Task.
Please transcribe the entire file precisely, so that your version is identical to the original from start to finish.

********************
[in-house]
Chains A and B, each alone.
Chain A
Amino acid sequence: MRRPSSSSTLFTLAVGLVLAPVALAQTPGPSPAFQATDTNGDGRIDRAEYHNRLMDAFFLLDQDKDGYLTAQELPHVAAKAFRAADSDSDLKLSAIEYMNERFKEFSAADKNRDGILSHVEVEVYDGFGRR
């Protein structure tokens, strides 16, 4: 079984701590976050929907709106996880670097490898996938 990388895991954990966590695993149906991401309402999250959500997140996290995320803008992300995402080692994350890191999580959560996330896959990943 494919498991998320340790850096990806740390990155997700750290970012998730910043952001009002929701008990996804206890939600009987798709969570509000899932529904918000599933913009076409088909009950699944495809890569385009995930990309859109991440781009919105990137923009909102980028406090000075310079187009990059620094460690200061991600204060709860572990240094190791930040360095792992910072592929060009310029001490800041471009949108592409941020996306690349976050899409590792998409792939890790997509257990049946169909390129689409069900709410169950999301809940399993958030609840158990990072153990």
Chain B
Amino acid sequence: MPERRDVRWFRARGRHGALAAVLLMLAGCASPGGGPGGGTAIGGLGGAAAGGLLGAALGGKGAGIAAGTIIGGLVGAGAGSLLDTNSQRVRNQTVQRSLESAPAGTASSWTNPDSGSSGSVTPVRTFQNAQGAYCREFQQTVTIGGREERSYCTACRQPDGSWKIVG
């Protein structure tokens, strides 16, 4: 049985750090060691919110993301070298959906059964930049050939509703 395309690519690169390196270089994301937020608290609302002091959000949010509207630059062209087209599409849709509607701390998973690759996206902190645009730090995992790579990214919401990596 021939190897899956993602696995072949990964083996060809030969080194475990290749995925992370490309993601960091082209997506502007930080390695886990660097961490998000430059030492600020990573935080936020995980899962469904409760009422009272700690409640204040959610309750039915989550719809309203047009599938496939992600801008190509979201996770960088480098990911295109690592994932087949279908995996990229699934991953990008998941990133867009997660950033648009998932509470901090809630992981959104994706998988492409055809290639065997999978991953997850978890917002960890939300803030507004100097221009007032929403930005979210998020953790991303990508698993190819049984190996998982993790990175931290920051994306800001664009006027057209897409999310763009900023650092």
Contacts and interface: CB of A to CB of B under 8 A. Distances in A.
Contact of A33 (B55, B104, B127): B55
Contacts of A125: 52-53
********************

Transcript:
[in-house]
Chains A and B, each alone.
Chain A
Amino acid sequence: MRRPSSSSTLFTLAVGLVLAPVALAQTPGPSPAFQATDTNGDGRIDRAEYHNRLMDAFFLLDQDKDGYLTAQELPHVAAKAFRAADSDSDLKLSAIEYMNERFKEFSAADKNRDGILSHVEVEVYDGFGRR
């Protein structure tokens, strides 16, 4: 079984701590976050929907709106996880670097490898996938 990388895991954990966590695993149906991401309402999250959500997140996290995320803008992300995402080692994350890191999580959560996330896959990943 494919498991998320340790850096990806740390990155997700750290970012998730910043952001009002929701008990996804206890939600009987798709969570509000899932529904918000599933913009076409088909009950699944495809890569385009995930990309859109991440781009919105990137923009909102980028406090000075310079187009990059620094460690200061991600204060709860572990240094190791930040360095792992910072592929060009310029001490800041471009949108592409941020996306690349976050899409590792998409792939890790997509257990049946169909390129689409069900709410169950999301809940399993958030609840158990990072153990």
Chain B
Amino acid sequence: MPERRDVRWFRARGRHGALAAVLLMLAGCASPGGGPGGGTAIGGLGGAAAGGLLGAALGGKGAGIAAGTIIGGLVGAGAGSLLDTNSQRVRNQTVQRSLESAPAGTASSWTNPDSGSSGSVTPVRTFQNAQGAYCREFQQTVTIGGREERSYCTACRQPDGSWKIVG
């Protein structure tokens, strides 16, 4: 049985750090060691919110993301070298959906059964930049050939509703 395309690519690169390196270089994301937020608290609302002091959000949010509207630059062209087209599409849709509607701390998973690759996206902190645009730090995992790579990214919401990596 021939190897899956993602696995072949990964083996060809030969080194475990290749995925992370490309993601960091082209997506502007930080390695886990660097961490998000430059030492600020990573935080936020995980899962469904409760009422009272700690409640204040959610309750039915989550719809309203047009599938496939992600801008190509979201996770960088480098990911295109690592994932087949279908995996990229699934991953990008998941990133867009997660950033648009998932509470901090809630992981959104994706998988492409055809290639065997999978991953997850978890917002960890939300803030507004100097221009007032929403930005979210998020953790991303990508698993190819049984190996998982993790990175931290920051994306800001664009006027057209897409999310763009900023650092």
Contacts and interface: CB of A to CB of B under 8 A. Distances in A.
Contact of A33 (B55, B104, B127): B55
Contacts of A125: 52-53